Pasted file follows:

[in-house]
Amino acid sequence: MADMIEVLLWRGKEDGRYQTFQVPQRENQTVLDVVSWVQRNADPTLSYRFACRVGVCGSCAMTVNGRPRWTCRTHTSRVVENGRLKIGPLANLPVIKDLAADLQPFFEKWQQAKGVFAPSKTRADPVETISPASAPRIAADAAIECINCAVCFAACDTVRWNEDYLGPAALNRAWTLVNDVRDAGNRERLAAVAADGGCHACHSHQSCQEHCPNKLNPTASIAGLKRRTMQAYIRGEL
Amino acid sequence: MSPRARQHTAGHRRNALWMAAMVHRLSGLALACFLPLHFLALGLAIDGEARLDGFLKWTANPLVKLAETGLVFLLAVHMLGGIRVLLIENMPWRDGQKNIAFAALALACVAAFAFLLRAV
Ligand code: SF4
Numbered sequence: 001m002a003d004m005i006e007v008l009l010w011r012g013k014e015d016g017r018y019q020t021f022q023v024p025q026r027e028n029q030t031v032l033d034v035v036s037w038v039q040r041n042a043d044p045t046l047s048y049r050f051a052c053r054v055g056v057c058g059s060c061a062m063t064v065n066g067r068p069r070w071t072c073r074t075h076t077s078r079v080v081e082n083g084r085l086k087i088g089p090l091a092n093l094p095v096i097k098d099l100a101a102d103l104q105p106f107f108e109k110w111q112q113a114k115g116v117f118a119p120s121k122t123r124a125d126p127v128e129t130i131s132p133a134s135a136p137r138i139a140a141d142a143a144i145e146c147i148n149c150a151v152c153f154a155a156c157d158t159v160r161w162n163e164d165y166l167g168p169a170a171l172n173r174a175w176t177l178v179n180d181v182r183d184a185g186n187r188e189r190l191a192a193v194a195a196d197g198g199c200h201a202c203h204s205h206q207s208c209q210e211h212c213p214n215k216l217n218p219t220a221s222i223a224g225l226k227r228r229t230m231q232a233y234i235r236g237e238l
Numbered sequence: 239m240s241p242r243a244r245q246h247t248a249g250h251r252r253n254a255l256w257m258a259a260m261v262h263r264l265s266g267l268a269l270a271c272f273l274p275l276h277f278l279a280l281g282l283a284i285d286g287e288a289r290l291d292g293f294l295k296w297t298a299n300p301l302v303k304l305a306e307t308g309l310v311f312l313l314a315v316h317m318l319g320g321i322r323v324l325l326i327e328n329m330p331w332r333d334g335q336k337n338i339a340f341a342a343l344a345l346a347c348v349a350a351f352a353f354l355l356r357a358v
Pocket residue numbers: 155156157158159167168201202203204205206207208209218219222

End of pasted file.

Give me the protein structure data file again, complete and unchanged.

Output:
[in-house]
Amino acid sequence: MADMIEVLLWRGKEDGRYQTFQVPQRENQTVLDVVSWVQRNADPTLSYRFACRVGVCGSCAMTVNGRPRWTCRTHTSRVVENGRLKIGPLANLPVIKDLAADLQPFFEKWQQAKGVFAPSKTRADPVETISPASAPRIAADAAIECINCAVCFAACDTVRWNEDYLGPAALNRAWTLVNDVRDAGNRERLAAVAADGGCHACHSHQSCQEHCPNKLNPTASIAGLKRRTMQAYIRGEL
Amino acid sequence: MSPRARQHTAGHRRNALWMAAMVHRLSGLALACFLPLHFLALGLAIDGEARLDGFLKWTANPLVKLAETGLVFLLAVHMLGGIRVLLIENMPWRDGQKNIAFAALALACVAAFAFLLRAV
Ligand code: SF4
Numbered sequence: 001m002a003d004m005i006e007v008l009l010w011r012g013k014e015d016g017r018y019q020t021f022q023v024p025q026r027e028n029q030t031v032l033d034v035v036s037w038v039q040r041n042a043d044p045t046l047s048y049r050f051a052c053r054v055g056v057c058g059s060c061a062m063t064v065n066g067r068p069r070w071t072c073r074t075h076t077s078r079v080v081e082n083g084r085l086k087i088g089p090l091a092n093l094p095v096i097k098d099l100a101a102d103l104q105p106f107f108e109k110w111q112q113a114k115g116v117f118a119p120s121k122t123r124a125d126p127v128e129t130i131s132p133a134s135a136p137r138i139a140a141d142a143a144i145e146c147i148n149c150a151v152c153f154a155a156c157d158t159v160r161w162n163e164d165y166l167g168p169a170a171l172n173r174a175w176t177l178v179n180d181v182r183d184a185g186n187r188e189r190l191a192a193v194a195a196d197g198g199c200h201a202c203h204s205h206q207s208c209q210e211h212c213p214n215k216l217n218p219t220a221s222i223a224g225l226k227r228r229t230m231q232a233y234i235r236g237e238l
Numbered sequence: 239m240s241p242r243a244r245q246h247t248a249g250h251r252r253n254a255l256w257m258a259a260m261v262h263r264l265s266g267l268a269l270a271c272f273l274p275l276h277f278l279a280l281g282l283a284i285d286g287e288a289r290l291d292g293f294l295k296w297t298a299n300p301l302v303k304l305a306e307t308g309l310v311f312l313l314a315v316h317m318l319g320g321i322r323v324l325l326i327e328n329m330p331w332r333d334g335q336k337n338i339a340f341a342a343l344a345l346a347c348v349a350a351f352a353f354l355l356r357a358v
Pocket residue numbers: 155156157158159167168201202203204205206207208209218219222